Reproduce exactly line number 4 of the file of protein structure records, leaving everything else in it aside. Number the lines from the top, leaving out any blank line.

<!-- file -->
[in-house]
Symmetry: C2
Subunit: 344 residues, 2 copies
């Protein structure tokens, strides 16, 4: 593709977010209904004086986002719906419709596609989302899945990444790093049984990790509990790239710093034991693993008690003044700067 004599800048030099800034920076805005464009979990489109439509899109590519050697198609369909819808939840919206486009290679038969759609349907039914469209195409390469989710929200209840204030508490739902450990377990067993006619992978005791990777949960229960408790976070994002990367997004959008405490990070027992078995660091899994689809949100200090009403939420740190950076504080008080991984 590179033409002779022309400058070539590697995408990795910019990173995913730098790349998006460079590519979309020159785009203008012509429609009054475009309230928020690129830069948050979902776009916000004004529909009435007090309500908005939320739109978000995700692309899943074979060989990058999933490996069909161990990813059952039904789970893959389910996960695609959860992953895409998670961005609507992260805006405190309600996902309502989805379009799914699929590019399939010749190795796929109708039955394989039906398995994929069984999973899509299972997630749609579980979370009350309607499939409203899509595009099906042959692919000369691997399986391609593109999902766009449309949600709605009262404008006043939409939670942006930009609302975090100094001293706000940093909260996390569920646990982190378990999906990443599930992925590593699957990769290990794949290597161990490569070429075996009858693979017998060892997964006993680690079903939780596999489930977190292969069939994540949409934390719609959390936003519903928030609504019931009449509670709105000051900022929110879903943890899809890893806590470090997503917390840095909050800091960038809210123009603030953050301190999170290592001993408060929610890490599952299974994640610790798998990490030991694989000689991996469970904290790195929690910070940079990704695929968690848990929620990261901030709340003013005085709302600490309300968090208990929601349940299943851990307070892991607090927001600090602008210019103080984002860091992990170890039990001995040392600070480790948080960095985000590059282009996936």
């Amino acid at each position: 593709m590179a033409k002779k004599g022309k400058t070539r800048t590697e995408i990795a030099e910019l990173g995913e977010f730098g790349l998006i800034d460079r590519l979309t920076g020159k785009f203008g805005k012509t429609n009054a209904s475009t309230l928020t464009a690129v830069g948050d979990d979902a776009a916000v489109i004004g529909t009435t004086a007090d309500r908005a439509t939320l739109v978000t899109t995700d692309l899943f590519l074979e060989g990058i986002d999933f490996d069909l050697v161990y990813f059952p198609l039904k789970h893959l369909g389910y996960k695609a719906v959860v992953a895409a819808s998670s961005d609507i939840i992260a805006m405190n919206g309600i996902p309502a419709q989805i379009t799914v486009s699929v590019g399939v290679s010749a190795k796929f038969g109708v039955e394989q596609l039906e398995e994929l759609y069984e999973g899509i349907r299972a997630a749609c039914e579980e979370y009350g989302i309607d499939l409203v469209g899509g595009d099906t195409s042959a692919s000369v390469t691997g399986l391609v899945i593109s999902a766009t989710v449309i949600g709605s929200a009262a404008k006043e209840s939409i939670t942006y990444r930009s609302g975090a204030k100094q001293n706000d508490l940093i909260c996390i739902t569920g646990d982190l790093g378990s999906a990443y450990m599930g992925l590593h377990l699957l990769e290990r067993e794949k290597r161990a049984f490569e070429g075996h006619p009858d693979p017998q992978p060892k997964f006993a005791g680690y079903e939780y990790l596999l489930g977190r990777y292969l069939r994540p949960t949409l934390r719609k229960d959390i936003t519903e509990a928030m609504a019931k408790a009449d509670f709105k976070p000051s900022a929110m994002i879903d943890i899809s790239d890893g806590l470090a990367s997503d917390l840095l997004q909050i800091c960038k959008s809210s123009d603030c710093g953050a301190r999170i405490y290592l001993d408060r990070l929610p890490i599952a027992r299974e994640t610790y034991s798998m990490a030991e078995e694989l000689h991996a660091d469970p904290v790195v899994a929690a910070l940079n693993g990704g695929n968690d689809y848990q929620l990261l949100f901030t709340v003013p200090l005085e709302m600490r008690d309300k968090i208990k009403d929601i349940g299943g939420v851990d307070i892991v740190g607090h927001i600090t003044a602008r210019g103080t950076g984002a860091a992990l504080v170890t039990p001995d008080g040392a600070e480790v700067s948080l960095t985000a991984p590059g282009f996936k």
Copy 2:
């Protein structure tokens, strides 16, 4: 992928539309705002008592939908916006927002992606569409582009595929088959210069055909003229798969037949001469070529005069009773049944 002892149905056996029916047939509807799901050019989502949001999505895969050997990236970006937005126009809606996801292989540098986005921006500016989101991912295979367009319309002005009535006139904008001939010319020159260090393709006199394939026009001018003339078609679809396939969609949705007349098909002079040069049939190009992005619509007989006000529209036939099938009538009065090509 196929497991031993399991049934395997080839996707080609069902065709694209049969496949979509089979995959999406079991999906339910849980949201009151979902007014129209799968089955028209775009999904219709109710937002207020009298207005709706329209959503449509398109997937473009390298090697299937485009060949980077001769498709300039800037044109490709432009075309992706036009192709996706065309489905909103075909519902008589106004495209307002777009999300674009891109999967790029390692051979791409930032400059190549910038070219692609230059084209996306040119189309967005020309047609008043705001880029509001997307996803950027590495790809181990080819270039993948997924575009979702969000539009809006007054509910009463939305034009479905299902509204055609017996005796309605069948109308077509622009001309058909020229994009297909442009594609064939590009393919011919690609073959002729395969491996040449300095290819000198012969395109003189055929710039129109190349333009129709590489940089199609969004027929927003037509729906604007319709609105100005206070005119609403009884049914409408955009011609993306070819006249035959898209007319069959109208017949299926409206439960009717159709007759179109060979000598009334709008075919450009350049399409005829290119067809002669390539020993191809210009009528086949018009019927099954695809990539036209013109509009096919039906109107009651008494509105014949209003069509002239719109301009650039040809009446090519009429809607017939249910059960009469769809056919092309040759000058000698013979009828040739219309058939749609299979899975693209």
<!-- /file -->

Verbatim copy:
């Protein structure tokens, strides 16, 4: 593709977010209904004086986002719906419709596609989302899945990444790093049984990790509990790239710093034991693993008690003044700067 004599800048030099800034920076805005464009979990489109439509899109590519050697198609369909819808939840919206486009290679038969759609349907039914469209195409390469989710929200209840204030508490739902450990377990067993006619992978005791990777949960229960408790976070994002990367997004959008405490990070027992078995660091899994689809949100200090009403939420740190950076504080008080991984 590179033409002779022309400058070539590697995408990795910019990173995913730098790349998006460079590519979309020159785009203008012509429609009054475009309230928020690129830069948050979902776009916000004004529909009435007090309500908005939320739109978000995700692309899943074979060989990058999933490996069909161990990813059952039904789970893959389910996960695609959860992953895409998670961005609507992260805006405190309600996902309502989805379009799914699929590019399939010749190795796929109708039955394989039906398995994929069984999973899509299972997630749609579980979370009350309607499939409203899509595009099906042959692919000369691997399986391609593109999902766009449309949600709605009262404008006043939409939670942006930009609302975090100094001293706000940093909260996390569920646990982190378990999906990443599930992925590593699957990769290990794949290597161990490569070429075996009858693979017998060892997964006993680690079903939780596999489930977190292969069939994540949409934390719609959390936003519903928030609504019931009449509670709105000051900022929110879903943890899809890893806590470090997503917390840095909050800091960038809210123009603030953050301190999170290592001993408060929610890490599952299974994640610790798998990490030991694989000689991996469970904290790195929690910070940079990704695929968690848990929620990261901030709340003013005085709302600490309300968090208990929601349940299943851990307070892991607090927001600090602008210019103080984002860091992990170890039990001995040392600070480790948080960095985000590059282009996936």